Gender stereotyping and the use of one gender in an ad

Published on 02 June 2020

ASA ruling against PC Specialist

The question

Can the use of only one gender in an ad breach the rules on gender stereotyping?

The key takeaway

According to ASA guidance, ads are not prohibited from featuring only one gender. However, an ad should not strongly imply that only one gender can excel in the specialisms and roles depicted in the ad. 

The ad

A TV ad for PCSpecialist, seen on 17 September 2019, featured three men performing different activities on computers, including producing music and coding. The male voice-over stated, “It’s the beginning of the end. The end of following. It’s the start of freedom, individuality, choice. It’s an uprising. An insurgence. For the players, the gamers, the ‘I’ll sleep laters’, the creators, the editors, the music makers. The techies, the coders, the illustrators. Bespoke, customised, like no other. From the specialists for the specialists. PCSpecialist. “

The complaint

The complainants believed that the ad perpetuated harmful gender stereotypes by depicting men in roles that were stereotypically male and implying that it was only men who were interested in technology and computers. They challenged whether the ad breached the BCAP Code. 

The response

PCSpecialist explained that their customer base was 87.5% male, aged between 15 and 35 years. Their product, branding and service had been developed for and aimed at that target audience and the characters in the ad therefore represented a cross-section of the PCSpecialist core customer base. PC Specialist also said it didn’t believe the characters in the ad “represented negative stereotypes.” They stressed there was no comparison between men and women in the ad and it did not imply that women were not interested in computers, and that the ad did not juxtapose men using computers with women not using computers, nor did the ad explicitly state that women did not use computers or that the service was unsuitable for them.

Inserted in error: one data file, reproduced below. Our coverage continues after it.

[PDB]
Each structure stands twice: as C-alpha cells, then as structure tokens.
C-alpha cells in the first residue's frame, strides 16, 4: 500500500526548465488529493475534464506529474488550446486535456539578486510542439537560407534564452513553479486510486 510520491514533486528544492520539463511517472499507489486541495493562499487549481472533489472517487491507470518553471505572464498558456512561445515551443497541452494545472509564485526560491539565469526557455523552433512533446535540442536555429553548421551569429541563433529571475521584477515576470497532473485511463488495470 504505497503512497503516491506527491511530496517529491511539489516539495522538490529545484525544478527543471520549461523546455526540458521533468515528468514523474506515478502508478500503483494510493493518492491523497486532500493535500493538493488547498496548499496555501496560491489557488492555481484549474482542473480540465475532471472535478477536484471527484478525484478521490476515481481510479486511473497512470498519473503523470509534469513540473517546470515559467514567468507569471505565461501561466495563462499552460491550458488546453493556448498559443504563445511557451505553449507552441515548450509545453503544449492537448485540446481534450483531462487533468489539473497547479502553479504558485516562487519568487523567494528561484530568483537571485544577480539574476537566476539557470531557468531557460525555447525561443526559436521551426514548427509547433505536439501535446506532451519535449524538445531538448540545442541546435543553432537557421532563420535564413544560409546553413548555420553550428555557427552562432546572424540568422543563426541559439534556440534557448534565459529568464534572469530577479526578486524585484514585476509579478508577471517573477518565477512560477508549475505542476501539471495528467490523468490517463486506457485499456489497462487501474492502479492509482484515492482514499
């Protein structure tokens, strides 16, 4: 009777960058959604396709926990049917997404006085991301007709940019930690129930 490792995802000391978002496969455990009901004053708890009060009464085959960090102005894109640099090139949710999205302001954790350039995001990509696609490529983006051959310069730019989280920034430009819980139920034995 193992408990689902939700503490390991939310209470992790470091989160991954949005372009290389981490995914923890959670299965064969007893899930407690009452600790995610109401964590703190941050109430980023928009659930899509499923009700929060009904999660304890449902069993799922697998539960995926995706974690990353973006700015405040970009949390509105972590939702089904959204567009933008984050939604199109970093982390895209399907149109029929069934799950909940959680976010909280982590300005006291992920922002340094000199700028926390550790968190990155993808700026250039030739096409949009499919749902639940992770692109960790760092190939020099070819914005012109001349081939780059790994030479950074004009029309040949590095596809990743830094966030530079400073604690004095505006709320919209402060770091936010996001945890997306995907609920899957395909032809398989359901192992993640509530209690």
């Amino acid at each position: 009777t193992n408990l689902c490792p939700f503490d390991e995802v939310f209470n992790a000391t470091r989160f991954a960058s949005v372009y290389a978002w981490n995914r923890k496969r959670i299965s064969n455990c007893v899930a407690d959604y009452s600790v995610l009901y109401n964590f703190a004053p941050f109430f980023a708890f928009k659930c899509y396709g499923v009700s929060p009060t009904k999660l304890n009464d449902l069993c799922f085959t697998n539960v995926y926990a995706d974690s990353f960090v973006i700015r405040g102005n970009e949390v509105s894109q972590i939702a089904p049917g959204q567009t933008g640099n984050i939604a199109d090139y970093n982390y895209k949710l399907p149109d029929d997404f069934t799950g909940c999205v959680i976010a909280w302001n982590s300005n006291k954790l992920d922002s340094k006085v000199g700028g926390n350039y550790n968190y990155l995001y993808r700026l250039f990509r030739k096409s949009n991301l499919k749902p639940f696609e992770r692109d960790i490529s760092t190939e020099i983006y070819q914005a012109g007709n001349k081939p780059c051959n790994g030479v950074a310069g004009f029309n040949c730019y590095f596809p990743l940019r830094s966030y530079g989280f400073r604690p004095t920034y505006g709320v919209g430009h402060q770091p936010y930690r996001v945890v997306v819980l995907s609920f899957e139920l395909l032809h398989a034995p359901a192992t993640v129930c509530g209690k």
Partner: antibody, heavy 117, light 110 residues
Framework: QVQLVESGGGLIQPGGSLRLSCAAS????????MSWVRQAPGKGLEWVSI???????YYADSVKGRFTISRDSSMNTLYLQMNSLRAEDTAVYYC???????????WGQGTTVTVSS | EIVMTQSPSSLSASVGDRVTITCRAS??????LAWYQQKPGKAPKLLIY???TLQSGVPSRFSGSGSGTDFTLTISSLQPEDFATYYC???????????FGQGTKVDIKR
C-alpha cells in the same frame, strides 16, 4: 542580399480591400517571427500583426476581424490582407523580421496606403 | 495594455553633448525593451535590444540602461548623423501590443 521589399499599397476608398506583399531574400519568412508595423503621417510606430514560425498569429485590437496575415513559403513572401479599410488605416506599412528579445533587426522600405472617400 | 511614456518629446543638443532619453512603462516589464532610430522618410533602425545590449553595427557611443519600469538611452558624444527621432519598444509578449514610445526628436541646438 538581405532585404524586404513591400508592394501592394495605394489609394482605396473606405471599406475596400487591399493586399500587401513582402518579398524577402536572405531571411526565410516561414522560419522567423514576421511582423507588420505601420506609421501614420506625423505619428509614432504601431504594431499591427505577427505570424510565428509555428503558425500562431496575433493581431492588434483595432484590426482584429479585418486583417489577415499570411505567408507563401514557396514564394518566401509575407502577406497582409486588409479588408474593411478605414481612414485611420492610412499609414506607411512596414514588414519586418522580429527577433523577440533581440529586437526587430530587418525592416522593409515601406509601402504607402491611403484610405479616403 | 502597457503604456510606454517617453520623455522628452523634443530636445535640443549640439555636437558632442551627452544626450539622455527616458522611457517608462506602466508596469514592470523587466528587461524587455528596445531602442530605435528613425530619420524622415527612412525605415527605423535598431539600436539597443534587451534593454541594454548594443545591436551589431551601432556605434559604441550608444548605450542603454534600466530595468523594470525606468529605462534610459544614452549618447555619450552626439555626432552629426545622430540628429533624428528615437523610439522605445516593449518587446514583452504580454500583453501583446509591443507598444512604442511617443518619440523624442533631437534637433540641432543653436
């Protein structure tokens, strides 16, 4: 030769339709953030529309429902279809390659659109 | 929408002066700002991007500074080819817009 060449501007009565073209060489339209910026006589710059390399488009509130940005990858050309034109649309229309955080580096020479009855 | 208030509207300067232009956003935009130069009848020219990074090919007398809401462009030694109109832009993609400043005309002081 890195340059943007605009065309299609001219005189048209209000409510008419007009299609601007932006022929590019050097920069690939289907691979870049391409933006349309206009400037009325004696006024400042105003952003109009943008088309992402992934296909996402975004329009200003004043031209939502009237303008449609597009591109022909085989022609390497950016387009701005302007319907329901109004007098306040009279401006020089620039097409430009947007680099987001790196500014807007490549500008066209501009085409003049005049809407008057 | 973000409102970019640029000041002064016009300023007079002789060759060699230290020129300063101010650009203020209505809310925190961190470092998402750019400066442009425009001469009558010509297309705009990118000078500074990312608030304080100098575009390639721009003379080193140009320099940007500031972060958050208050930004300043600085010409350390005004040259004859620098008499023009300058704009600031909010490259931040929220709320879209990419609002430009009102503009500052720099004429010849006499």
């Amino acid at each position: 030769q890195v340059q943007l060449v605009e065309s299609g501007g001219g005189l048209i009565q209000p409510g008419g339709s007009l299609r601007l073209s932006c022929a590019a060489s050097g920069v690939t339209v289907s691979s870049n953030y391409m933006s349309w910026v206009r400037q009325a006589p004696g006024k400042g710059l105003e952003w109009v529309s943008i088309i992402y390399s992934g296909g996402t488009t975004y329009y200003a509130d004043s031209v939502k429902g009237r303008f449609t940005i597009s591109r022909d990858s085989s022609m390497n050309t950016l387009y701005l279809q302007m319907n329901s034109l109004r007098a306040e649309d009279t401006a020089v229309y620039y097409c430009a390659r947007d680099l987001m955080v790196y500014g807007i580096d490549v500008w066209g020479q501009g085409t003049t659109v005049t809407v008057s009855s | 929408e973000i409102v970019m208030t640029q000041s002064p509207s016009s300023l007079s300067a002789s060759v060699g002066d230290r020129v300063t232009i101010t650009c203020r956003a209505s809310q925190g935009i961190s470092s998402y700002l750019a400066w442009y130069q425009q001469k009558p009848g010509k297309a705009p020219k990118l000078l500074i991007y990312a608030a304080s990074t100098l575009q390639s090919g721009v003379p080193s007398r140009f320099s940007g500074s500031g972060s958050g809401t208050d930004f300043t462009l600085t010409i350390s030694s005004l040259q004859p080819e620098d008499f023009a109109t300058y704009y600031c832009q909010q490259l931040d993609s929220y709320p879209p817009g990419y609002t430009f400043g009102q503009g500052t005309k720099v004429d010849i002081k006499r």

The decision

The ASA highlighted the ad began with a PC exploding and went on to state “freedom, individuality and choice” before referencing a number of specialist and creative roles in quick succession, encompassing leisure pursuits and professional positions, not just limited to information technology, but in the creative and artistic industries and entertainment, namely: players/gamers, creators, editors, music makers, techies, coders and illustrators. 

The ASA considered that the voice-over and fast-paced series of scenes in the ad conveyed a sense of excitement and opportunity and implied that those depicted in the ad were innovative, highly skilled and achieving excellence in the roles and careers mentioned and that those watching should aspire to excel in them too. However, the ad repeatedly cut to images of only men, who were both prominent and central to the ad’s message of opportunity and excellence across multiple desirable career paths. The ASA therefore considered that the ad implied that excellence in those roles and fields would be seen as the preserve of men. Because of that, the ASA considered that the ad went further than just featuring a cross-section of the advertiser’s core customer base and implied that only men could excel in those roles. 

The ASA upheld the complaints on the basis that the ad breached BCAP Code rule 4.14, which says “Advertisements must not include gender stereotypes that are likely to cause harm, or serious or widespread offence”

Why is this important?

While ASA guidance makes it clear that an ad can feature only one gender, they cannot strongly imply that only one gender can excel in the specialisms and roles depicted in the ad. The latter would present gender stereotypes in a way that is likely to cause harm, or serious or widespread offence, and therefore breach the BCAP Code.

Any practical tips?

Gender stereotypical characteristics include occupations or positions as well as attributes or behaviours usually associated with a specific gender. Ads should take care to avoid suggesting that stereotypical roles or characteristics are always uniquely associated with one gender and are the only options available to one gender; or were never carried out or displayed by another gender. One (simple) practical tip is to put the brakes on whenever you see a storyboard for an ad and try and view it through the (very) gender-aware spectacles now being worn by the ASA.

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